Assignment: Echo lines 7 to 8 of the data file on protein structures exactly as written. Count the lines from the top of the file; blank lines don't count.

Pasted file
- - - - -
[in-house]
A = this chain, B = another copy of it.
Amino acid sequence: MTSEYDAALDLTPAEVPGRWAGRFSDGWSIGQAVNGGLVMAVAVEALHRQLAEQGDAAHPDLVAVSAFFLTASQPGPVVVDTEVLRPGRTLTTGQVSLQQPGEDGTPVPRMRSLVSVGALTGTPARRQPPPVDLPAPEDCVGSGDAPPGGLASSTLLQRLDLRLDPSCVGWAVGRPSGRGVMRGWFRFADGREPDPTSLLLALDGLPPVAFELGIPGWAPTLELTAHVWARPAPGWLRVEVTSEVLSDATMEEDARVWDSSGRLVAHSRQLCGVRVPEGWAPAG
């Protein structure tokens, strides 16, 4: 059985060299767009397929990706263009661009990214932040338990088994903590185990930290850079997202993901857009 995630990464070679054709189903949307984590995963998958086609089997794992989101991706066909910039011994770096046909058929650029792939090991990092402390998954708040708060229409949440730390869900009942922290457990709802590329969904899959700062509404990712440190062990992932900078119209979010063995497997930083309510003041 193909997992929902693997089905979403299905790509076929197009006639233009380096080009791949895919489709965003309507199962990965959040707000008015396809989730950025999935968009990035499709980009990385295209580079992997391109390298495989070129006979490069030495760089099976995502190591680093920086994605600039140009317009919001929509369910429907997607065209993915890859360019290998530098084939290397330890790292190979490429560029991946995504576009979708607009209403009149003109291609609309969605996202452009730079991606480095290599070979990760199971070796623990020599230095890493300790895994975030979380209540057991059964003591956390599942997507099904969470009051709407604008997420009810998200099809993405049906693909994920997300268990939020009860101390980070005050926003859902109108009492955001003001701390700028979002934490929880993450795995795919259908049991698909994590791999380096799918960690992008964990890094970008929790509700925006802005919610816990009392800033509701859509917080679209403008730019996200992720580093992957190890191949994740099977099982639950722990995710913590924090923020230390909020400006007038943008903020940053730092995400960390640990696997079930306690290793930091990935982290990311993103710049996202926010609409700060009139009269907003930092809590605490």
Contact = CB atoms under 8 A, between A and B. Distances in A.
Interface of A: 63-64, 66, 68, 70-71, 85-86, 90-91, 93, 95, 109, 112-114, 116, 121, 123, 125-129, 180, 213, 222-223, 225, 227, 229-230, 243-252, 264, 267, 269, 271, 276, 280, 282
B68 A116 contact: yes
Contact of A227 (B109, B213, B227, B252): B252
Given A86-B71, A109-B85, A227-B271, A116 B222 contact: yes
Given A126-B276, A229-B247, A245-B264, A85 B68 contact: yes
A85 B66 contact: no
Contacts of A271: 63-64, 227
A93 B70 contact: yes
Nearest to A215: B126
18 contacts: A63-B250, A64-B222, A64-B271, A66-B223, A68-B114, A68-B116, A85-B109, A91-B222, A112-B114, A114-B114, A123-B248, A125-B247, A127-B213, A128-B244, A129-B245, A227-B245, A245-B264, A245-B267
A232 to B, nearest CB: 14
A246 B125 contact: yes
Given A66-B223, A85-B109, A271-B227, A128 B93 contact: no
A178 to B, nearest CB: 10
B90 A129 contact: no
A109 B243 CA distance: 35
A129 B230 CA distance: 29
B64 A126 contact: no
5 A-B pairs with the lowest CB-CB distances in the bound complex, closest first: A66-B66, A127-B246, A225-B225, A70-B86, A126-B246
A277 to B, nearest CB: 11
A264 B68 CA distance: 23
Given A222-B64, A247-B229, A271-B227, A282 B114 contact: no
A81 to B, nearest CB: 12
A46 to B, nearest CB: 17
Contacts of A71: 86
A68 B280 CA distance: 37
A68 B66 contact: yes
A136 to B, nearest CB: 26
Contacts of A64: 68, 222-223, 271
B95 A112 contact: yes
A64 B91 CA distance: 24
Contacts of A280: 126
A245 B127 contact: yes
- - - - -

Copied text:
B68 A116 contact: yes
Contact of A227 (B109, B213, B227, B252): B252